Apple Computer as Toyota

Amusing little article in Salon. It is most certainly true that more people are voicing their frustrations with the morass that is the Windows world - spyware, adware, a virus every other second, clunky design choices. Some people are 'swearing off' computers, etc. Will this ever translate to market share increases for Apple? Who knows. Would us Mac users even benefit from being the 800 gorilla? Does Michael Dell have any indie cred? I personally have given up trying to convince people that Macs are better, it is ultimately a futile argument. I just won't help Windows peoples with their computers. I don't hate my XP machine, it's a useful tool sometimes, with different software options, but if I have a choice, I'm always buying an Apple machine. But if you don't care about elegance in your operating systems, that's fine too. Technology | Hallelujah, the Mac is back:
The landscape of the personal computer market has altered. In recent years, the home computer has increasingly become a digital entertainment center; people use it for the Web, they use it for e-mail, and they use it for photos, movies and music.

The Mac is not just good at these few tasks: It's the best there is. There's simply no arguing that Apple's built-in software and operating system make for the single most powerful photo, music and movie system you can buy.

But the things that the Mac is good at make up just one part of the story. There's a flip side -- the increasingly obvious failings of PCs running Microsoft Windows. Among Windows users, there's a rising feeling -- accounted for mostly by anecdotes and not all that well-measured, but nevertheless important -- that the system is becoming too hard to maintain. Talk to experts at computer security firms and they'll give you some pretty scary straight talk about how spyware, adware and viruses are just killing the user experience on an ordinary Windows PC.

It's not unusual for people to throw out their year-old Windows computers because they've become just too clogged with bad junk, says Richard Stiennon, vice president of threat research at the anti-spyware firm Webroot. The Mac, in contrast, simply doesn't suffer such afflictions.

David Gelernter, a computer scientist and tech visionary at Yale, likens today's PC market to the American automobile market of the early 1970s. At the time, Americans were buying American-made junk -- and because they didn't know any better, they were putting up with the junk. “So what happened?” Gelernter asks. “What happened was that Japan started exporting huge numbers of Hondas and Toyotas, and people saw that for a reasonable price they could buy a car that didn't fall apart in two weeks. When you picked it up at the dealer all the parts were in it, the whole thing worked. Until that happened, people were satisfied with the garbage they were getting from Detroit.”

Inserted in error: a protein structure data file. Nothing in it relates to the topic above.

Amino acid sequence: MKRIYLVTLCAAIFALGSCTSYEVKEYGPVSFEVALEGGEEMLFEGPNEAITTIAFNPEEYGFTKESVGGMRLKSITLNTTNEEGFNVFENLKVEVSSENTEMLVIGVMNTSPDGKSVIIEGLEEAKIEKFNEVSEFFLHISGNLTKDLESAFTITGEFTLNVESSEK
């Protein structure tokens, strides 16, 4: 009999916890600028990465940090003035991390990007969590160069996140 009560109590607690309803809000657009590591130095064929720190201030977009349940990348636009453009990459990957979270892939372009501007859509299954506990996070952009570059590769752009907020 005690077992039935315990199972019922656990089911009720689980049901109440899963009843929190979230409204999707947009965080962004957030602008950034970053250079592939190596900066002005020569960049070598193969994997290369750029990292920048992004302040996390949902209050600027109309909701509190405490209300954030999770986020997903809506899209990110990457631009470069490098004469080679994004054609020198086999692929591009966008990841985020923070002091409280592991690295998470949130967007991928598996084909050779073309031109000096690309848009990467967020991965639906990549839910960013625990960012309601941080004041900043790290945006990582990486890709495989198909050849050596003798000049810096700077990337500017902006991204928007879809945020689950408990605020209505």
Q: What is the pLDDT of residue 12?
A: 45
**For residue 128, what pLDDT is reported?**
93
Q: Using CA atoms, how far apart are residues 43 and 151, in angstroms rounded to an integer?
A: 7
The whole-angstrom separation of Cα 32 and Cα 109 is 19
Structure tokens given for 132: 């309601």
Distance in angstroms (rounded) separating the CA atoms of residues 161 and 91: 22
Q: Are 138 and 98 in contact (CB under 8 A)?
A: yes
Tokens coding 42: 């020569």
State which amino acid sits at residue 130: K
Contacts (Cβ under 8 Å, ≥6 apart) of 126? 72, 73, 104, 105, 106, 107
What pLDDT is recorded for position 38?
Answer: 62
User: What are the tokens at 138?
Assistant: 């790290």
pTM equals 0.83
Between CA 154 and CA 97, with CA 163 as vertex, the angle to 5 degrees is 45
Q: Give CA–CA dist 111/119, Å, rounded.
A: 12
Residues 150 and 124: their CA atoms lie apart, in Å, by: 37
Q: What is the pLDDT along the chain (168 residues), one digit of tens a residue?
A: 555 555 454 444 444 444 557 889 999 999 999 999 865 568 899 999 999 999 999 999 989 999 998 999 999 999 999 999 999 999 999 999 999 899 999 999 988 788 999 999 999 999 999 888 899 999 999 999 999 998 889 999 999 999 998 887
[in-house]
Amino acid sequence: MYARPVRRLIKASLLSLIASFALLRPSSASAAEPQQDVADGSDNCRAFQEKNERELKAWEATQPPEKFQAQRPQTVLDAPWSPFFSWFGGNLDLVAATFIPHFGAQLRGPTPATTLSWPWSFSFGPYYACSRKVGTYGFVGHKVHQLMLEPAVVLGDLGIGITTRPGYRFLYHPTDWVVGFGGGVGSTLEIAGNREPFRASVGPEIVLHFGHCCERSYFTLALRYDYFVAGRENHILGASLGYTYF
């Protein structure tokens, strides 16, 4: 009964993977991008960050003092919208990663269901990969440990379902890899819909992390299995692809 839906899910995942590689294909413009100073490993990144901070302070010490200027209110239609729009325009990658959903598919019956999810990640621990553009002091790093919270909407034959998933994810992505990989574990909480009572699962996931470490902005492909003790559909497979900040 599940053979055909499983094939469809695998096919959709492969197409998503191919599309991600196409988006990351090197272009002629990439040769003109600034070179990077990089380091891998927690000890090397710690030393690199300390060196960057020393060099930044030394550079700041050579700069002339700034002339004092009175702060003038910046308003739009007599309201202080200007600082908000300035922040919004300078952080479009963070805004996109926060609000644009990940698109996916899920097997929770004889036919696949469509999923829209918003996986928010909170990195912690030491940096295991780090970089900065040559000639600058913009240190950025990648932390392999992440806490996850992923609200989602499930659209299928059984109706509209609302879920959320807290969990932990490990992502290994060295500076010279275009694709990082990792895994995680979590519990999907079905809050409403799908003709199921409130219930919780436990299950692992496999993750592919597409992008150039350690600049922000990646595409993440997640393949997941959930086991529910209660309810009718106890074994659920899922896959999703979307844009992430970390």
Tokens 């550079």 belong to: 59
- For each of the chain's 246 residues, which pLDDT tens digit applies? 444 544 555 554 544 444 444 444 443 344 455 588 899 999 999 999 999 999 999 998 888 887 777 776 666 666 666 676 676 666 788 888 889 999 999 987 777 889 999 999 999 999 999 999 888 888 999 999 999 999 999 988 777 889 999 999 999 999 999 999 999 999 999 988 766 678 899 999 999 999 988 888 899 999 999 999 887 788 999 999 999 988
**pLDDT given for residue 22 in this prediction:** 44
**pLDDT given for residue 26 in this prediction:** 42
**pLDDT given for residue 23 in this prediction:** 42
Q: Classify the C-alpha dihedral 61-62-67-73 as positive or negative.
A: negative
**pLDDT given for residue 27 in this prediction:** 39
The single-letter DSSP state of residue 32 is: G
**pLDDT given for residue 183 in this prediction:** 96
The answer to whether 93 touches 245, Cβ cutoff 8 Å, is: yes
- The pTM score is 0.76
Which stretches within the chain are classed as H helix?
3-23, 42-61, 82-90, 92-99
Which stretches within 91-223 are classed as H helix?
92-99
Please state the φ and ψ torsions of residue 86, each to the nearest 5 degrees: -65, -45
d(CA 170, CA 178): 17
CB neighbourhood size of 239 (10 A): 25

But the main reason that the Mac Mini may find more success in the Windows world than the iMac did is that these days, the Windows world isn't doing too well. There are about 100,000 known pieces of “malware” -- viruses, worms and Trojan horses -- targeted at the Windows operating system, says Vincent Weafer, a computer security expert at Symantec. In addition, there are between 40,000 and 100,000 individual bits of spyware (defined broadly) aimed at the OS. Weafer says that by all accounts, the spyware problem reached a fever pitch during the past year. “Judging by submissions and support calls, it was getting a lot worse,” he says. “We are also seeing a trend where a subset of the programs are becoming a lot more viruslike -- to hide themselves on your machine, they're using methods like viruses to try to become more persistent.” Some people calling Symantec looking for answers to their spyware and virus problems are just beyond help, Weafer says. “They've tried many different things and it doesn't help. They'll end up reinstalling or cleaning it out or buying a new one -- a lot of this stuff is just so deeply embedded, it becomes more and more difficult to get rid of the gunk, the sludge at the bottom of your machine.” Compared to Windows, the Mac is a Fort Knox of security. There are only about 200 pieces of malware known to attack the Mac platform, and security analysts could not identify a single instance -- not one -- of spyware aimed at the Mac. There are a couple of reasons for this. One is that the Macintosh operating system is inherently more secure than the Windows platform. As a technical matter, the Mac operating system, which is based on Unix, has a much smaller “surface area” for attackers to target, Stiennon says. Windows, by contrast, “is a really dirty OS that requires thousands of system calls to do simple functions -- and every single system call is an opportunity” for an attacker to get at the system, Stiennon explains.
There's more, get a day pass to read it yourself.

{, , }

Tags: , /, /

About this Entry

This page contains a single entry by Seth A. published on January 31, 2005 10:04 PM.

Corruption continues unabated was the previous entry in this blog.

Law Barring Junk E-Mail Allows a Flood Instead is the next entry in this blog.

Find recent content on the main index or look in the archives to find all content.


Powered by Movable Type 4.37